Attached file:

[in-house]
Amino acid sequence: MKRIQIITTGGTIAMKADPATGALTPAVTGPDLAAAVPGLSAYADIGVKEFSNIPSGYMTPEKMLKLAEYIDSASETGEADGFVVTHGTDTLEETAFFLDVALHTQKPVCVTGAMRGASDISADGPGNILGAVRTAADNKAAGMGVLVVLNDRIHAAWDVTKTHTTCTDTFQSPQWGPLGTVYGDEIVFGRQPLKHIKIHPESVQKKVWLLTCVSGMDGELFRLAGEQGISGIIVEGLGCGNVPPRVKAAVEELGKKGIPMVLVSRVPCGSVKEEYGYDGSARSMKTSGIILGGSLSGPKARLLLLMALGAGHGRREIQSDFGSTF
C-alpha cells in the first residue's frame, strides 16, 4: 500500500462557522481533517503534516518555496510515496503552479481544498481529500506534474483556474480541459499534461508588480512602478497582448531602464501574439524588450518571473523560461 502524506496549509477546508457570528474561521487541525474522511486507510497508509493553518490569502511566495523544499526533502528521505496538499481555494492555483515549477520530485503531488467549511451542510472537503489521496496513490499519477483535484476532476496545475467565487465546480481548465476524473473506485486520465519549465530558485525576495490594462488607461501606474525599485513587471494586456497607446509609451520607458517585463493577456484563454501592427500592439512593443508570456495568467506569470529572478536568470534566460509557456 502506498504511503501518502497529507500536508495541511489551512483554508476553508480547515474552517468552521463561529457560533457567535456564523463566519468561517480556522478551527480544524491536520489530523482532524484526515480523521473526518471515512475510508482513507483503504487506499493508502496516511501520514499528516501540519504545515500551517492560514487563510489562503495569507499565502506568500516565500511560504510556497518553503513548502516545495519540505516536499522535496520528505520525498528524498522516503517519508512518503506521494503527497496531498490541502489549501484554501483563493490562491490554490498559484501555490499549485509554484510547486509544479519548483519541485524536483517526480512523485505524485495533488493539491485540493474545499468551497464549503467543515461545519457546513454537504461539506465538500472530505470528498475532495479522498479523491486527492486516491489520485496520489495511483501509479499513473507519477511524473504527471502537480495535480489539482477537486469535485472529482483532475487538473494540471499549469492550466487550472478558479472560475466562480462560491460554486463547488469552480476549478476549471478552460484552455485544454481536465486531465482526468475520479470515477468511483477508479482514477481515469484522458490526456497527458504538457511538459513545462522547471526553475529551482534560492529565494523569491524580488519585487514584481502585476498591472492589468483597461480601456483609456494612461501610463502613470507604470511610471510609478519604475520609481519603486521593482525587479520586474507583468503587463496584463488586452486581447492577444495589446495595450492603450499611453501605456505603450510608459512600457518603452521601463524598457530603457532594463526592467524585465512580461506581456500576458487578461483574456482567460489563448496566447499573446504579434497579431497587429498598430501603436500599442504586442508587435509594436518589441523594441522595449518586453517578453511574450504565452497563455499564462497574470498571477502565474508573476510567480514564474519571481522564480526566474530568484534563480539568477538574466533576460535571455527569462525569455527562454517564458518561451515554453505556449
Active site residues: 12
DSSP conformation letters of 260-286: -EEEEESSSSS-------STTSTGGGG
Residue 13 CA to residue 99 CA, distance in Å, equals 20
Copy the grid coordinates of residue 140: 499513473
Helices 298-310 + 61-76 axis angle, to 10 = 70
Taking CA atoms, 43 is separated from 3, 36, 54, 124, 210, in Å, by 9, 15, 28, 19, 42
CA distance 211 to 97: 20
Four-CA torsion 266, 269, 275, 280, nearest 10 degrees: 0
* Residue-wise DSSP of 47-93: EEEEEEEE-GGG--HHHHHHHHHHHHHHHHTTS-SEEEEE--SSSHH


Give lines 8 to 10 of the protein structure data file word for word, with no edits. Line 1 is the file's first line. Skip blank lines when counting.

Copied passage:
Helices 298-310 + 61-76 axis angle, to 10 = 70
Taking CA atoms, 43 is separated from 3, 36, 54, 124, 210, in Å, by 9, 15, 28, 19, 42
CA distance 211 to 97: 20